By Roger McKinney

A federal judge in the Gary Hall case has denied the prosecution’s contention that Hall paying the legal fees of co-defendants and defendants sharing a defense attorney represents a potential conflict.

Hall, 66, of rural Joplin, Mo., and seven others associated with Sunflower Supply Co. in Galena are charged in a 43-count federal indictment alleging the defendants defrauded the state of Oklahoma and American Indian tribes in that state of $25 million in tax revenue. Multiple counts of mail fraud, wire fraud, money laundering and conspiracy to commit money laundering are among the charges in the indictment. Hall owns Sunflower Supply Co., a tobacco wholesaler.

Assistant U.S. Attorney Mona Furst filed a motion in November seeking a court hearing to determine if defendants sharing an attorney represents a conflict of interest. She noted that Jim Pratt represents both Hall and Sunflower Supply Co.; Michael Shultz represents Rebel Industries and defendant James Coble; and Robin Fowler represents Discount Tobacco Warehouse and defendant Justin Boyes.

“Conflicts of interest arise whenever an attorney’s loyalties are divided, and an attorney who cross-examines those from whom he has previously obtained privileged information inherently encounters divided loyalties,” Furst wrote in the motion.

Judge Monti Belot sided with defense attorneys in his order denying the motion for determination of a conflict.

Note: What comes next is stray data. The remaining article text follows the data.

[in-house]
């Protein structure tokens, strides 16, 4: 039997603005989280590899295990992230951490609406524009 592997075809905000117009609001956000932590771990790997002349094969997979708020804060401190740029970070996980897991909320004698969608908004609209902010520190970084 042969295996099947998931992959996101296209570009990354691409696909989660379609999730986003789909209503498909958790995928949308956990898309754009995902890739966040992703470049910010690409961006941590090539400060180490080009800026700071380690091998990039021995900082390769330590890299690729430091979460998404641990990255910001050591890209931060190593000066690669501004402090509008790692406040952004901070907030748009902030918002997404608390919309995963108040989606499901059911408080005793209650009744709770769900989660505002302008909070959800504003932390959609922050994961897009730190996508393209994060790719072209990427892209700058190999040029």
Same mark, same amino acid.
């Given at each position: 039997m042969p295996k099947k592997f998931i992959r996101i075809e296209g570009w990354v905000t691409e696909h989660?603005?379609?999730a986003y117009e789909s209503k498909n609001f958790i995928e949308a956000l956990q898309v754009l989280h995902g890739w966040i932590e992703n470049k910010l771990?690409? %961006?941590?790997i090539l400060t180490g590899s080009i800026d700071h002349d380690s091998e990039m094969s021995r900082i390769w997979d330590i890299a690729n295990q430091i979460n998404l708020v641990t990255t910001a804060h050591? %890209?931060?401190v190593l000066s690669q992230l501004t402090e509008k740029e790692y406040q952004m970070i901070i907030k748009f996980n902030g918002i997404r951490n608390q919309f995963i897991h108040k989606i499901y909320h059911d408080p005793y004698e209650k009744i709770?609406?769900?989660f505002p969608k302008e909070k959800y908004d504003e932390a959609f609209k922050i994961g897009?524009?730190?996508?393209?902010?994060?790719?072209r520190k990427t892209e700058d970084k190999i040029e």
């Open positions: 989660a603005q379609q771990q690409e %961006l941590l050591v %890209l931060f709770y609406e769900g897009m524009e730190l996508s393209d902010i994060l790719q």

“The only apparent joint representation is that some individual defendants and their respective corporations are represented by the same attorney,” Belot wrote. “Joint representation of a corporation and its officer, in and of itself, does not create a conflict.”

He wrote that the court is somewhat concerned that Hall supposedly is paying for all the defendants’ attorneys, but that doesn’t automatically trigger a determination of a conflict.

“The court knows all the lawyers in this case, each of whom is highly ethical and will zealously represent the interests of, and only of, his clients,” Belot wrote.

In a separate order, the judge denied a prosecution motion for designation of the case as complex, but agreed to give parties more time to prepare for trial. No new trial date has been set.

Search warrant

The search warrant served May 8, 2007, at Sunflower Supply Co. and other locations has been unsealed. It lists collection of contraband tobacco products, tax records, business records, bank records, computers and electronic evidence. The document notes a copy of the warrant and receipt for items collected was left with Gary Hall.

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